This classification is based on the international rapid grading system. Grades are approximate, rather than definitive measures of a rapid's seriousness or difficulty. The difficulty and seriousness of any section of river can alter dramatically within a short space of time, through factors such as increased or decreased flow, new obstacles and changes in river bed topography.
- Grade 1
- Rapids are small regular waves. The passage is clear and easy to recognise and negotiate. Care may be needed with obstacles like fallen trees and bridge piers.
- Grade 2
- Rapids have regular, medium sized waves (less than 1 metre), low ledges or drops, easy eddies and gradual bends. The passage is easy to recognise and is generally unobstructed although there may be rocks in the main current, overhanging branches or log jams.
- Grade 3
- Rapids with fairly high waves (1-2 metres), broken water, stoppers, and strong eddies, exposed rocks and small falls. The passage may be difficult to recognise from the river and manoeuvring to negotiate the rapid is required.
- Grade 4
- Difficult rapids with high, powerful, irregular waves, broken water, often boiling eddies, strong stoppers, ledges, drops and dangerous exposed rocks. The passage is often difficult to recognise and precise and sequential manoeuvring is required.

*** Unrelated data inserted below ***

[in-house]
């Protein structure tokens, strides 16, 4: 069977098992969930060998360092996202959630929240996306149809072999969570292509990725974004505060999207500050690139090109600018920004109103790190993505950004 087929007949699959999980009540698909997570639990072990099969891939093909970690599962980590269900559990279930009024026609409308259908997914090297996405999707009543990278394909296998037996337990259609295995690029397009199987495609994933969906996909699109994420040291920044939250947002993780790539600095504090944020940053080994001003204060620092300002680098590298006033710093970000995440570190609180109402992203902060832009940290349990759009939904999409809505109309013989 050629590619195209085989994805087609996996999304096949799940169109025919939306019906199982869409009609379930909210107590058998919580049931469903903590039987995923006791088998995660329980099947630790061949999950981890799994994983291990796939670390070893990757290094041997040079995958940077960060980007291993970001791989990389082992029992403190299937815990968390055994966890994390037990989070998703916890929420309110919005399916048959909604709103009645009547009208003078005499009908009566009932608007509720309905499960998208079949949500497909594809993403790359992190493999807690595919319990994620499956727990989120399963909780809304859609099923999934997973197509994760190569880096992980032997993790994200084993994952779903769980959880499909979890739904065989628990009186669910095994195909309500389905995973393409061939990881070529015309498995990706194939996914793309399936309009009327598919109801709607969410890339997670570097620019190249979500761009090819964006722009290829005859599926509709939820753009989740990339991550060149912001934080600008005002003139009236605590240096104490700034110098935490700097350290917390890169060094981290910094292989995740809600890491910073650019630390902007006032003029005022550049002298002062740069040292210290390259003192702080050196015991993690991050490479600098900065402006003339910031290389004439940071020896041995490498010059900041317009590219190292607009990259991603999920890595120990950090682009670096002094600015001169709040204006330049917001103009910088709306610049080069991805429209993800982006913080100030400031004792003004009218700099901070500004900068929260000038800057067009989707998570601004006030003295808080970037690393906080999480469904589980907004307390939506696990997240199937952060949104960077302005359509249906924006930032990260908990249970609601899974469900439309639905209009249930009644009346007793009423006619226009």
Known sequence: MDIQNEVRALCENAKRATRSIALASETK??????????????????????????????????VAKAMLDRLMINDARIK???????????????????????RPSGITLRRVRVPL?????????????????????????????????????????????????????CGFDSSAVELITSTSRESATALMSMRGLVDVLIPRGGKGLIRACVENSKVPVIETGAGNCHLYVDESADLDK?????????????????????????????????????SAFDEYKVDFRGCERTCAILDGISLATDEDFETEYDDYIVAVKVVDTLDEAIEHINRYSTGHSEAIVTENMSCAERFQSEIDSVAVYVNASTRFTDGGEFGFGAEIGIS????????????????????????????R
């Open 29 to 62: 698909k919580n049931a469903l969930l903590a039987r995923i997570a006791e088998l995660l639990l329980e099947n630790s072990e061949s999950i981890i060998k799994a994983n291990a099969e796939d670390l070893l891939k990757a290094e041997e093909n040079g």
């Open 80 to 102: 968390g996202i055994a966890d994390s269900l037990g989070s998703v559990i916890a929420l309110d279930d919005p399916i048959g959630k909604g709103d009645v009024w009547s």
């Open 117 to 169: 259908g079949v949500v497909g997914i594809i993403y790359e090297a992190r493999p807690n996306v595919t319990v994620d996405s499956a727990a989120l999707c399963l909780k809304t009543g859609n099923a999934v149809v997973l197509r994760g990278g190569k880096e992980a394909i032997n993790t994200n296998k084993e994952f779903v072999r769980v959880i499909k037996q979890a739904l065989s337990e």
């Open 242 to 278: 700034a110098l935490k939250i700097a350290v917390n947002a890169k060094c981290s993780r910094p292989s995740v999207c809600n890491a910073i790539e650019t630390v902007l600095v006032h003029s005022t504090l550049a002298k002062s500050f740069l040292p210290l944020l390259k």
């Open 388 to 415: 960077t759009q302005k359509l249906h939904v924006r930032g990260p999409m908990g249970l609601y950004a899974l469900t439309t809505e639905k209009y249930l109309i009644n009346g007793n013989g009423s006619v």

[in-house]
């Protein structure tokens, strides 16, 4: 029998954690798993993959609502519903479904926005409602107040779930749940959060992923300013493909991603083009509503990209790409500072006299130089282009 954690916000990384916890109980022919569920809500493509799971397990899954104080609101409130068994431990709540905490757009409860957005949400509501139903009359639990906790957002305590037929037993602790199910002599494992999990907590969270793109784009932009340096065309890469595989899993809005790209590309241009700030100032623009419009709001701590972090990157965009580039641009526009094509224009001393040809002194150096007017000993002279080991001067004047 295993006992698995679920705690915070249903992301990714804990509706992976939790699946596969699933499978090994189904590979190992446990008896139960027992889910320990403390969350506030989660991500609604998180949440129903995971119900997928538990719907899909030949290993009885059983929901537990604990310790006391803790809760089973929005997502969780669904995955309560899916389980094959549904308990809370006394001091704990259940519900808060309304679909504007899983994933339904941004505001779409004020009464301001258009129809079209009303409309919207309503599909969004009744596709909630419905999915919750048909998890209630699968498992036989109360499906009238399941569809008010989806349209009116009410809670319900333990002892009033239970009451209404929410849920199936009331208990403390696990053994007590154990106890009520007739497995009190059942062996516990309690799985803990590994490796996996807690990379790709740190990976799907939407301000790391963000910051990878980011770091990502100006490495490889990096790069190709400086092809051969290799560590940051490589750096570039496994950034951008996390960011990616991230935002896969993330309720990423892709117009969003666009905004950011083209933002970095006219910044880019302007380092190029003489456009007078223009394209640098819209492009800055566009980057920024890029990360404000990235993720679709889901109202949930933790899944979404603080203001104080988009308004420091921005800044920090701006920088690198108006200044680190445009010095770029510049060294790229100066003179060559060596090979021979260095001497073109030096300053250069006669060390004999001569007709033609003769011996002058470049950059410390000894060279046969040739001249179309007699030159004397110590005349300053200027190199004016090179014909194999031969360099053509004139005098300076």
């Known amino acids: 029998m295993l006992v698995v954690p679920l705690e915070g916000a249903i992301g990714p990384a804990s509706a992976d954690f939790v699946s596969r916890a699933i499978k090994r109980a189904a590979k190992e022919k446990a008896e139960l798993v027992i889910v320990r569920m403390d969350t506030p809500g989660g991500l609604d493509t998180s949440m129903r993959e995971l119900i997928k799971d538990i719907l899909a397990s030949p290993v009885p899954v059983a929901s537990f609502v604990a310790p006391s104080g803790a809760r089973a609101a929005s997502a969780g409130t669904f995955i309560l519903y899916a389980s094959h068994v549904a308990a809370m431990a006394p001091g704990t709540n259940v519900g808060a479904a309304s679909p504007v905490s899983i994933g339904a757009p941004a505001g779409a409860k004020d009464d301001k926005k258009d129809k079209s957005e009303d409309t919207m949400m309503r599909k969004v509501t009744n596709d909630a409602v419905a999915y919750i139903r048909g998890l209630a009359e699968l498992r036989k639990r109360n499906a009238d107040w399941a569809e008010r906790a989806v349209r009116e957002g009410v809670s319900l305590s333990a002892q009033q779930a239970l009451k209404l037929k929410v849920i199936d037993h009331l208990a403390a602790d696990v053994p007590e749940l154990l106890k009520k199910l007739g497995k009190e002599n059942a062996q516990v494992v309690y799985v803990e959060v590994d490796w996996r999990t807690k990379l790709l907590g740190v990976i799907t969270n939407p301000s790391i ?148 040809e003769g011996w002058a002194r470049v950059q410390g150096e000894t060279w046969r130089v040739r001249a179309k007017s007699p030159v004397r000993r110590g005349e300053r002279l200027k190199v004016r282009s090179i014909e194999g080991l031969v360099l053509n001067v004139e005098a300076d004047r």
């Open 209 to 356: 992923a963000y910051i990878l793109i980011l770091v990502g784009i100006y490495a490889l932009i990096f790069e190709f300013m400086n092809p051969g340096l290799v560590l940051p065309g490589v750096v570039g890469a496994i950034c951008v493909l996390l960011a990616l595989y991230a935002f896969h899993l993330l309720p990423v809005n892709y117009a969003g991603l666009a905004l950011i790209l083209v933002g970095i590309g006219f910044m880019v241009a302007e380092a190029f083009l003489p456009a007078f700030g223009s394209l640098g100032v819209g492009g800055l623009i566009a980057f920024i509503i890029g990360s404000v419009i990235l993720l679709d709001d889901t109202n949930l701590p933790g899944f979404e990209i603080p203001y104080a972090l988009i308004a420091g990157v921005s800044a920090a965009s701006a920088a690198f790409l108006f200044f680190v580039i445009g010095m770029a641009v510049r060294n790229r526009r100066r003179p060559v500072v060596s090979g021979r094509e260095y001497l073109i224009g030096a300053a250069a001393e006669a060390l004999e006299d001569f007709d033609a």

- Grade 5
- Very powerful rapids with very confused and broken water, large drops, violent and fast currents, abrupt turns, difficult powerful stoppers and fast boiling eddies; numerous obstacles in the main current. Complex, precise and powerful sequential manoeuvring is required. A definite risk to personal safety exists.
- Grade 6
- All previous difficulties increased to the point of practicability. Very confused and violent water, so difficult that controlled navigation by raft is virtually imposssible. Significantly life threatening if swimming and unrunnable by all but a few experts.